The war in Iraq is about to resonate with presidential candidates in a way not seen so far in the campaign: The sons of both vice presidential nominees are assigned to go there soon.
Republican vice presidential nominee Sarah Palin's eldest son, Track, will perform security duties for his brigade's top officers.
“He's just like any other infantry soldier here,” said Army Col. Burt Thompson, of the 1st Stryker Brigade Combat Team at Fort Wainwright, Alaska. “He tries to remain as anonymous as he possibly can.”
Palin has made no secret that her son and his unit are leaving soon for duty in Iraq, repeating the news during her acceptance speech this week at the Republican convention. Nineteen-year-old Track Palin, in a dress suit, was in the audience.
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The presidential campaigns remain deeply divided over how to end the contentious war – an issue that had front-burner status during the primary season but has not been quite so prominent recently. The deployments of Track Palin and Beau Biden, son of Democratic vice presidential nominee Joe Biden, make the subject an intensely personal one, nevertheless, for their families.
Not only is it personal, it could come to seem tactical as well, since the candidates will likely be asked many times over the next two months how they would handle the war – and when they would pull the troops out.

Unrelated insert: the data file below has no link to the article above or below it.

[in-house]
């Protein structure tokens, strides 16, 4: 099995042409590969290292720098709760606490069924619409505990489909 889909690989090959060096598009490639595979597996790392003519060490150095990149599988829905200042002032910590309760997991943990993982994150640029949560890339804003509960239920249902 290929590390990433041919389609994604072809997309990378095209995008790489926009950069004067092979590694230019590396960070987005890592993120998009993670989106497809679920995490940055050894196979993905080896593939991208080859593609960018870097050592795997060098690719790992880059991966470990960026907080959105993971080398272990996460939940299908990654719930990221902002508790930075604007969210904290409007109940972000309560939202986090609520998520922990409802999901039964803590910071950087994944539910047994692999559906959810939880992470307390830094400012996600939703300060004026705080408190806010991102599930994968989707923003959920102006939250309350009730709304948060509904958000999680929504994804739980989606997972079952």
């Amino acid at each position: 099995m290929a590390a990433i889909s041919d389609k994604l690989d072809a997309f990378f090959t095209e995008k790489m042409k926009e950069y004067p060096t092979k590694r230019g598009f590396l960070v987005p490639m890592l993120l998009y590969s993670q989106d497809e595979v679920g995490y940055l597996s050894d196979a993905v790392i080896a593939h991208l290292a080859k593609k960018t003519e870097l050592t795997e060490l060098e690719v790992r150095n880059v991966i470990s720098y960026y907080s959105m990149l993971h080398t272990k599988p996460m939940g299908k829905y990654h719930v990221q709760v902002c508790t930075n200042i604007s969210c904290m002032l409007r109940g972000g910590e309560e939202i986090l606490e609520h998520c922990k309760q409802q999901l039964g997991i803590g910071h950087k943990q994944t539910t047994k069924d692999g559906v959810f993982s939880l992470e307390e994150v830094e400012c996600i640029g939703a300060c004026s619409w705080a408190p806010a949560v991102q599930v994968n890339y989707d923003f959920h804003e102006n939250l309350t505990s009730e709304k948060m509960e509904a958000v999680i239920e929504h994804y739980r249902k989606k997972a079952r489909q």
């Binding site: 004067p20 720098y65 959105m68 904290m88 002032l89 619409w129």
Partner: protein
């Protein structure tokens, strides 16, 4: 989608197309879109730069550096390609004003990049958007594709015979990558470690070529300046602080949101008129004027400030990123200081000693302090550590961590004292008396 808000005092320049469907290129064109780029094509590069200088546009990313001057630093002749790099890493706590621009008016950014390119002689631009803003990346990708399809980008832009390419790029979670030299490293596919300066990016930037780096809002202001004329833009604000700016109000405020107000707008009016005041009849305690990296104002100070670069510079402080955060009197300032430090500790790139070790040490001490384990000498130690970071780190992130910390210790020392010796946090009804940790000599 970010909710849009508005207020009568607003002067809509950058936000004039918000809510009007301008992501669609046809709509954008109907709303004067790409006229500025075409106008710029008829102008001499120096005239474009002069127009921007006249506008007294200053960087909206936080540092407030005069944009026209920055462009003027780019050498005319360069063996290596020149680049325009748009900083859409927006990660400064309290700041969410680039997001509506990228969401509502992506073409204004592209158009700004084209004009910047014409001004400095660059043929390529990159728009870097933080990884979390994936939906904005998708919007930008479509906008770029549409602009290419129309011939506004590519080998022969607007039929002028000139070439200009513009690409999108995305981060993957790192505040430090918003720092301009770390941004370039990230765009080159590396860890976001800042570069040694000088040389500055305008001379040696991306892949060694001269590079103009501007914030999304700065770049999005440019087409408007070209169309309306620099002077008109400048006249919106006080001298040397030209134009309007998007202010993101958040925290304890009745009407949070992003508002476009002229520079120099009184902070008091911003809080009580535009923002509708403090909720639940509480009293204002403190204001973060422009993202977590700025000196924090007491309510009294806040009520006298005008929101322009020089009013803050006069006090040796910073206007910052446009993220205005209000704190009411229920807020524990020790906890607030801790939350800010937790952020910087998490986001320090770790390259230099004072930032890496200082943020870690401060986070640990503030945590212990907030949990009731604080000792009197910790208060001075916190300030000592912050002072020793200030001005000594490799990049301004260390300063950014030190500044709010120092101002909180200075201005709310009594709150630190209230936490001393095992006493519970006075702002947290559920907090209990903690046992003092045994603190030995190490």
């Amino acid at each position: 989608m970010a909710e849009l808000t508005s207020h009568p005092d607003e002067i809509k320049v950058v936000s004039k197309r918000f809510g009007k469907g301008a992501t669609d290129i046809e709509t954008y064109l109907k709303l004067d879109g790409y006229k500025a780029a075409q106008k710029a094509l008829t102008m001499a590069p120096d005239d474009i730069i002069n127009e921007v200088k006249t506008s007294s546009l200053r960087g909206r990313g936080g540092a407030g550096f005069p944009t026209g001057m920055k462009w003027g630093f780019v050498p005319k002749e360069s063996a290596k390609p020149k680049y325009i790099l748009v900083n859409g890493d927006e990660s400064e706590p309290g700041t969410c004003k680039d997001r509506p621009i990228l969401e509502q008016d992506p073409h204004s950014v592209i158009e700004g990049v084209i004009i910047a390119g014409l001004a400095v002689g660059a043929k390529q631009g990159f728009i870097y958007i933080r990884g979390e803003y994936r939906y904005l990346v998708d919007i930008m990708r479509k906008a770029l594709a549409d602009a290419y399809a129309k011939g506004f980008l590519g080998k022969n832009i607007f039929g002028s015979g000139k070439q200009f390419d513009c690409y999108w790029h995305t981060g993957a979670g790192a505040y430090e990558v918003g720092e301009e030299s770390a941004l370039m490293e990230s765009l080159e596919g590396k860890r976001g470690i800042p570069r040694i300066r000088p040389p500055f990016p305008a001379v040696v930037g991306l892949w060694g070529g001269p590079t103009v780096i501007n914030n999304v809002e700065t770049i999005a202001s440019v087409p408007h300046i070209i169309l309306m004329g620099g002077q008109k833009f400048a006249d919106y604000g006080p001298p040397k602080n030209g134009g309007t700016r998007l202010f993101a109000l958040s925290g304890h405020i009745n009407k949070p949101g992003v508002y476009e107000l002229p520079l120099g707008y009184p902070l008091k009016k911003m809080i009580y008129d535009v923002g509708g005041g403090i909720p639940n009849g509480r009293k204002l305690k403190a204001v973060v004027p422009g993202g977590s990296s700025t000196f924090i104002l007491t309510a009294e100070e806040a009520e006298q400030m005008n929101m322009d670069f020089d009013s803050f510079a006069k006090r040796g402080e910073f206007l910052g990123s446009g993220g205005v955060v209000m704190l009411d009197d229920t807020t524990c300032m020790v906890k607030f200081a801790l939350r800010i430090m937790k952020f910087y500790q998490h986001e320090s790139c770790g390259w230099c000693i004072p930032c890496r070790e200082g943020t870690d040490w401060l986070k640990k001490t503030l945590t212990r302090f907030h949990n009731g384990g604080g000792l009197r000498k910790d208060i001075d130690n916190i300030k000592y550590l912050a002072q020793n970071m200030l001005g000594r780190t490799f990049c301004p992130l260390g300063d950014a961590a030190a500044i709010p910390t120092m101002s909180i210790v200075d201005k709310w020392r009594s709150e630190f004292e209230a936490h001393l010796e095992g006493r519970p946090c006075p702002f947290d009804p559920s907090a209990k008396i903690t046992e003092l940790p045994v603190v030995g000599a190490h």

“They're going to take a very keen interest in how that war is run,” said David Grange, a retired Army brigadier general. “It will affect their decision-making. No doubt about it.”
The dispatch of the candidate sons to Iraq also carries unavoidable political overtones. For the Democrats, Beau Biden's service could help reverse a weak spot, for example.
“Republicans always seem to imply that Democrats are somehow unpatriotic or want to be easy on the terrorists,” said James Pfiffner, a professor at George Mason University's School of Public Policy. “But I think that Biden's son demonstrates that you can disagree with a policy and still support doing your duty.”
Beau Biden, who is Delaware's attorney general, is a captain in the Delaware National Guard and will work as a military lawyer in Iraq.
GOP presidential candidate John McCain's son Jimmy, a Marine, returned earlier this year from Iraq. Another McCain son, Jack, is a senior at the U.S. Naval Academy.